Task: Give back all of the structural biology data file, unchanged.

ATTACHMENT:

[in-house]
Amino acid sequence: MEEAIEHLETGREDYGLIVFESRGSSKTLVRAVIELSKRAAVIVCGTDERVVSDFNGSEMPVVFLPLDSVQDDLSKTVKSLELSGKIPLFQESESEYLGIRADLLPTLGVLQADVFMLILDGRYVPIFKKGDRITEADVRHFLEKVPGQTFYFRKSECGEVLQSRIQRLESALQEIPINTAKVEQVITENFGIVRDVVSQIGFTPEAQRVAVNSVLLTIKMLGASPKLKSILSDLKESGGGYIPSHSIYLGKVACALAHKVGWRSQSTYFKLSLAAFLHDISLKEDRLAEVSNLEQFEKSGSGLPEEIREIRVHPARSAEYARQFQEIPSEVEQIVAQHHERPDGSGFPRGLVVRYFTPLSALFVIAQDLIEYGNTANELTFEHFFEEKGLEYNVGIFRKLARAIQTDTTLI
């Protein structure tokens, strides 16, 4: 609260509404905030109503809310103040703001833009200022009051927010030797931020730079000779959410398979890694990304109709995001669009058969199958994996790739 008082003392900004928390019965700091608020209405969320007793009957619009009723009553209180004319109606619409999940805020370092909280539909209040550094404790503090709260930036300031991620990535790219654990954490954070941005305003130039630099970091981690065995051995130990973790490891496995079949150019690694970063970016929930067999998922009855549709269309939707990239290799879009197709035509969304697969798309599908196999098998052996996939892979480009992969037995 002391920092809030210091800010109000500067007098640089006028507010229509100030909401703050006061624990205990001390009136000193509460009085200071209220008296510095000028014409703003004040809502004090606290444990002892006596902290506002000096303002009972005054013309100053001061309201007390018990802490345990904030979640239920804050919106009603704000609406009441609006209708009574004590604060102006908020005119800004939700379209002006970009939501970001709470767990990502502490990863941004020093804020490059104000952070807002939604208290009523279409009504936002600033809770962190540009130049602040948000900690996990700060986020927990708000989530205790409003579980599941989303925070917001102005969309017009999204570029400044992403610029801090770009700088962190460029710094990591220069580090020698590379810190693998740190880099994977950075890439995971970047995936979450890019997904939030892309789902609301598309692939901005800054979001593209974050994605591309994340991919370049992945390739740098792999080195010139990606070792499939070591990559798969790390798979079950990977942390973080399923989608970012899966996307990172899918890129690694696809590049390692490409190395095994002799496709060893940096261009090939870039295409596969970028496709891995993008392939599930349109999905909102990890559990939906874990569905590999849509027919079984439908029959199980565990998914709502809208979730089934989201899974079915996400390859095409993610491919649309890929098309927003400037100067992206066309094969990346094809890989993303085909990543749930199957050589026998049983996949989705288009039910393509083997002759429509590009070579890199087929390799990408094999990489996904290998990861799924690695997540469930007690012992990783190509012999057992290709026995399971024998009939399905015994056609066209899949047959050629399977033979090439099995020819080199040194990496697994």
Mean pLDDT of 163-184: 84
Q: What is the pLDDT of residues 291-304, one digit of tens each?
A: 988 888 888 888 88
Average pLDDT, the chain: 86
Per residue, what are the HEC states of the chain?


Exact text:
[in-house]
Amino acid sequence: MEEAIEHLETGREDYGLIVFESRGSSKTLVRAVIELSKRAAVIVCGTDERVVSDFNGSEMPVVFLPLDSVQDDLSKTVKSLELSGKIPLFQESESEYLGIRADLLPTLGVLQADVFMLILDGRYVPIFKKGDRITEADVRHFLEKVPGQTFYFRKSECGEVLQSRIQRLESALQEIPINTAKVEQVITENFGIVRDVVSQIGFTPEAQRVAVNSVLLTIKMLGASPKLKSILSDLKESGGGYIPSHSIYLGKVACALAHKVGWRSQSTYFKLSLAAFLHDISLKEDRLAEVSNLEQFEKSGSGLPEEIREIRVHPARSAEYARQFQEIPSEVEQIVAQHHERPDGSGFPRGLVVRYFTPLSALFVIAQDLIEYGNTANELTFEHFFEEKGLEYNVGIFRKLARAIQTDTTLI
């Protein structure tokens, strides 16, 4: 609260509404905030109503809310103040703001833009200022009051927010030797931020730079000779959410398979890694990304109709995001669009058969199958994996790739 008082003392900004928390019965700091608020209405969320007793009957619009009723009553209180004319109606619409999940805020370092909280539909209040550094404790503090709260930036300031991620990535790219654990954490954070941005305003130039630099970091981690065995051995130990973790490891496995079949150019690694970063970016929930067999998922009855549709269309939707990239290799879009197709035509969304697969798309599908196999098998052996996939892979480009992969037995 002391920092809030210091800010109000500067007098640089006028507010229509100030909401703050006061624990205990001390009136000193509460009085200071209220008296510095000028014409703003004040809502004090606290444990002892006596902290506002000096303002009972005054013309100053001061309201007390018990802490345990904030979640239920804050919106009603704000609406009441609006209708009574004590604060102006908020005119800004939700379209002006970009939501970001709470767990990502502490990863941004020093804020490059104000952070807002939604208290009523279409009504936002600033809770962190540009130049602040948000900690996990700060986020927990708000989530205790409003579980599941989303925070917001102005969309017009999204570029400044992403610029801090770009700088962190460029710094990591220069580090020698590379810190693998740190880099994977950075890439995971970047995936979450890019997904939030892309789902609301598309692939901005800054979001593209974050994605591309994340991919370049992945390739740098792999080195010139990606070792499939070591990559798969790390798979079950990977942390973080399923989608970012899966996307990172899918890129690694696809590049390692490409190395095994002799496709060893940096261009090939870039295409596969970028496709891995993008392939599930349109999905909102990890559990939906874990569905590999849509027919079984439908029959199980565990998914709502809208979730089934989201899974079915996400390859095409993610491919649309890929098309927003400037100067992206066309094969990346094809890989993303085909990543749930199957050589026998049983996949989705288009039910393509083997002759429509590009070579890199087929390799990408094999990489996904290998990861799924690695997540469930007690012992990783190509012999057992290709026995399971024998009939399905015994056609066209899949047959050629399977033979090439099995020819080199040194990496697994």
Mean pLDDT of 163-184: 84
Q: What is the pLDDT of residues 291-304, one digit of tens each?
A: 988 888 888 888 88
Average pLDDT, the chain: 86
Per residue, what are the HEC states of the chain?